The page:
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Over President Trump's first year in office, the U.S. underwent some changes that he would probably cheer. The economy continued strengthening (including, yes, the stock market, as the president likes to emphasize) and the number of people apprehended while trying to enter the country illegally fell sharply. However, some changes are less promising: The nation's carbon dioxide emissions rose, and the amount of student debt grew by $47 billion.

We have put together a wide variety of statistics to show how the U.S. has changed in the past year.

Before Donald Trump took the oath of office one year ago, the presidency was widely seen as an all-consuming, full-time job.

Facebook is rolling out a major change to its News Feed: pushing up news articles that come from "high quality" sources, and pushing down the others. The move signals that, in an effort to combat the problem of fake news, the social media giant is willing to play a kind of editorial role — making decisions based on substance, not just how viral a headline may be.

CEO Mark Zuckerberg said in a post to his Facebook page:

Jurors in eastern Canada on Friday found three men not guilty of criminal negligence following an oil train disaster that left 47 people dead. The accident in July 2013 involved a U.S.-owned train carrying North Dakota crude oil. In the aftermath, regulators in the U.S. and Canada adopted sweeping reforms to the way railroads haul and manage hazardous cargoes.

Last June the price of oil was $44 a barrel. Then, it started climbing. Earlier this week, it briefly hit $70.

The price of oil is a big deal. It affects how much you pay for heating, or a gallon of gas, or a flight home.

The price of oil is also famously volatile, and in the last six or seven years it's taken an incredible ride. On today's show, we tell the story of what happened and try to figure out what it means for the future of oil prices.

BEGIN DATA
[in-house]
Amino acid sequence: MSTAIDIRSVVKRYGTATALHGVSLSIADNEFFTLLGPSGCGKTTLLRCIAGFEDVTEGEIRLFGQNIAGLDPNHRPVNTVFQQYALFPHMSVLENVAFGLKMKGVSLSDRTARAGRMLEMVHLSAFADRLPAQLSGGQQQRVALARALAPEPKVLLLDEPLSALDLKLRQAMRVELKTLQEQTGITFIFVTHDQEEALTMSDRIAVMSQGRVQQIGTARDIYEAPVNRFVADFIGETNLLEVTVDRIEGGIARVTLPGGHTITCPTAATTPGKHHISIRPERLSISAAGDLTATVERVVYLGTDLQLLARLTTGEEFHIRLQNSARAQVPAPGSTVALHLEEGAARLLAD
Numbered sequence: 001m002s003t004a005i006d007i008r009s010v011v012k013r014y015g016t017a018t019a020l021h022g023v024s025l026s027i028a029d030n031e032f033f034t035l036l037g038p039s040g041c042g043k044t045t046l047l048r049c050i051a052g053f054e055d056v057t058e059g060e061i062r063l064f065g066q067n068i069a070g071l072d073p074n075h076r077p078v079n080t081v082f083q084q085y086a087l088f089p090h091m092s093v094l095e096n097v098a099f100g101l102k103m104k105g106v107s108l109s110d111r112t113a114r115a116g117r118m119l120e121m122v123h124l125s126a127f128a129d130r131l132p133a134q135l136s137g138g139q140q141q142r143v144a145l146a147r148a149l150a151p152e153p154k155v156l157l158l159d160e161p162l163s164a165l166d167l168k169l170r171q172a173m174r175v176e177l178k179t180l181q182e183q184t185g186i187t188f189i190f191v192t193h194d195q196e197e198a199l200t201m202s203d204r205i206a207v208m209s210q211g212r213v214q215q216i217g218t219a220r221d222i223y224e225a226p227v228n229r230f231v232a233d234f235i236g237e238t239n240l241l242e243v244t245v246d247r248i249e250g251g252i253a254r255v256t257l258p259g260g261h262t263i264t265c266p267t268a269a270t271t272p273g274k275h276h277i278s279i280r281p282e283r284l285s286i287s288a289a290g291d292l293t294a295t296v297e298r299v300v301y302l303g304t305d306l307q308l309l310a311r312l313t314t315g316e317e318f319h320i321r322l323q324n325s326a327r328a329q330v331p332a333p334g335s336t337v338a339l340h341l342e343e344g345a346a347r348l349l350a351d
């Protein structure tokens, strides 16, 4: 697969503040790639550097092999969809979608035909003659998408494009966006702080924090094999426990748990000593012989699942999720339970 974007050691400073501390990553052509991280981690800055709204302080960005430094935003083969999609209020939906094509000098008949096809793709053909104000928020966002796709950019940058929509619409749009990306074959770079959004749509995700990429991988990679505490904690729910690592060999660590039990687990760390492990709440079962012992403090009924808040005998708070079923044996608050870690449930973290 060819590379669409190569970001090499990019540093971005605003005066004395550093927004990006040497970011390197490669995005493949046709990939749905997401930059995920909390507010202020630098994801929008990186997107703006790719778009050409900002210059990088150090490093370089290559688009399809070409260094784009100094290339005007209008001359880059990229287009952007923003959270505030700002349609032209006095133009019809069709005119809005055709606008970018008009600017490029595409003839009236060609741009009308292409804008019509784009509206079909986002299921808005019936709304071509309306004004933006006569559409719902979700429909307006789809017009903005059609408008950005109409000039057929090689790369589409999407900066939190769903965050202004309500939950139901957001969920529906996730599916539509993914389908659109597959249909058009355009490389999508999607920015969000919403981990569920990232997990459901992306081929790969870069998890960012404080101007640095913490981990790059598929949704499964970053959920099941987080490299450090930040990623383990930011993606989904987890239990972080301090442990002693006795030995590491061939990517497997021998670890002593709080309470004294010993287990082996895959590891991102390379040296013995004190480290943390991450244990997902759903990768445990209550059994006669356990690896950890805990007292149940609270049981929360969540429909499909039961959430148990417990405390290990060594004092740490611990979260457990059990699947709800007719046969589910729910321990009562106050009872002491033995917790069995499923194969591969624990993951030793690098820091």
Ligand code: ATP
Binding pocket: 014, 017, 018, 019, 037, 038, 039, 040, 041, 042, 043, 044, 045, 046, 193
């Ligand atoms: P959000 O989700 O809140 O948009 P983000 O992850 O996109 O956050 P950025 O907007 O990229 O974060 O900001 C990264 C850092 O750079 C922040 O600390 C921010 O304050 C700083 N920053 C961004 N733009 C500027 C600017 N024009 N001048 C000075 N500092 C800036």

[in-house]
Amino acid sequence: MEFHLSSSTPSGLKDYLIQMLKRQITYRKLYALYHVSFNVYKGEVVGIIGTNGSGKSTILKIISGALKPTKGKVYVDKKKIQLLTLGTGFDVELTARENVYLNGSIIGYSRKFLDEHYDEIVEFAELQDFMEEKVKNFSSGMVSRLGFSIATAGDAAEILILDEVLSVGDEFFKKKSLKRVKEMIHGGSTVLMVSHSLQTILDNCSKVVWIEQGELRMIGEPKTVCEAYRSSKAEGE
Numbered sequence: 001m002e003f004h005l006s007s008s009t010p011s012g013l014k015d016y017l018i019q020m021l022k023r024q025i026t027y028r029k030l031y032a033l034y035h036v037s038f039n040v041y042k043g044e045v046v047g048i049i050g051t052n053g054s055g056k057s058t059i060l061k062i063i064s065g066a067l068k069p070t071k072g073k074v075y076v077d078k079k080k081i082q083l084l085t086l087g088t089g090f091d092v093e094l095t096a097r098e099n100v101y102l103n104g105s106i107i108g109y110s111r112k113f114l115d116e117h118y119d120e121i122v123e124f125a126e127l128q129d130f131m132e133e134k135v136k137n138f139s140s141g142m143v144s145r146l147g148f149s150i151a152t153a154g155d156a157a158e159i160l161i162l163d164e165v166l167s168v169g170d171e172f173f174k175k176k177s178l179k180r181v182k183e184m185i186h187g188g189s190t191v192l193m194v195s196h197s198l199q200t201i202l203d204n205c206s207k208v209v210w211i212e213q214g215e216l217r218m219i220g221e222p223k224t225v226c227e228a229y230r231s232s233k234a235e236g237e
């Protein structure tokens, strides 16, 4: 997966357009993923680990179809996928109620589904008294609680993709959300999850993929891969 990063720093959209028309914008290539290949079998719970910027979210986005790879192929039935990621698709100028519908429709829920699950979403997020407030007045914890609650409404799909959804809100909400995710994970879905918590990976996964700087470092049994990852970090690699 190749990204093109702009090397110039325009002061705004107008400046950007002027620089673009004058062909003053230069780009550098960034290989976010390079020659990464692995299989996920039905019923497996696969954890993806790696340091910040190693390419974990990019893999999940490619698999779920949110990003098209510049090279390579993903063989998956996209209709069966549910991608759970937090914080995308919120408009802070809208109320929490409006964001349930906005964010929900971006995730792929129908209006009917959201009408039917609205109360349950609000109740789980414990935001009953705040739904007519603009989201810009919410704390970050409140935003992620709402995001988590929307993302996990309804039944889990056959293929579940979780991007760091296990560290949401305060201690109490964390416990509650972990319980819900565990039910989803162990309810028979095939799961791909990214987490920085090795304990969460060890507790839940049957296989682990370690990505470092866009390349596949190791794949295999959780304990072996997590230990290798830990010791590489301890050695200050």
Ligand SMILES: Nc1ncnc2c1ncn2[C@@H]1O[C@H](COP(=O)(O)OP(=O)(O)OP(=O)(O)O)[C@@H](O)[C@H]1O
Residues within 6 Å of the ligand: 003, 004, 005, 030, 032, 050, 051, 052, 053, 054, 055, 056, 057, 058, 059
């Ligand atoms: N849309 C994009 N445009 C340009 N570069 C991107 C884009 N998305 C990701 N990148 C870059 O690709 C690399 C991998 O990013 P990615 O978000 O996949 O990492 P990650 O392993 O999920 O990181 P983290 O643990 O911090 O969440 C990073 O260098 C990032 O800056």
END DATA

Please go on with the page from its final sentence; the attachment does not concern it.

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Al Roker may be the most famous weatherman in the country, doing forecasts on the Today show since 1996, but he's much more than that — he's an author and game-show host and face of the Thanksgiving Day Parade. He even got the first interview with newly sworn-in President Barack Obama simply by yelling at him.

Violent crime is down in America's big cities.

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Take a little Hitchcock and a touch of Gone Girl. Add in a mysterious author and rumors of a very big price tag. Stir them all together and you come up with a rare bird: A debut novel that hits number one on the New York Times bestseller list in its first week on the market.

It's New York City in 1896. Young boys are being brutally murdered, and a team of outsiders assembles to hunt down the killer. On that team is a doctor with some unconventional views, a newspaper illustrator haunted by his past, and a police secretary who upsets the status quo: Miss Sara Howard, who's played by Dakota Fanning in the new television series, The Alienist.

Nobody ever wrote like Denis Johnson. Nobody ever came close. The author of books like Jesus' Son and Tree of Smoke was a hardcore minimalist who could say in one sentence what other writers wouldn't be able to say in a whole chapter. His stories and novels embraced the dark, but reluctantly; he refused to shy away from the brutal, the violent and the desperate. He was the last of his breed, and it was a breed of one.

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Determined to not let the momentum die, protesters once again converged on hundreds of cities — at home and abroad — for the second annual Women's March, seeking not only to unite in a call for social change but also to channel their fury into voter action.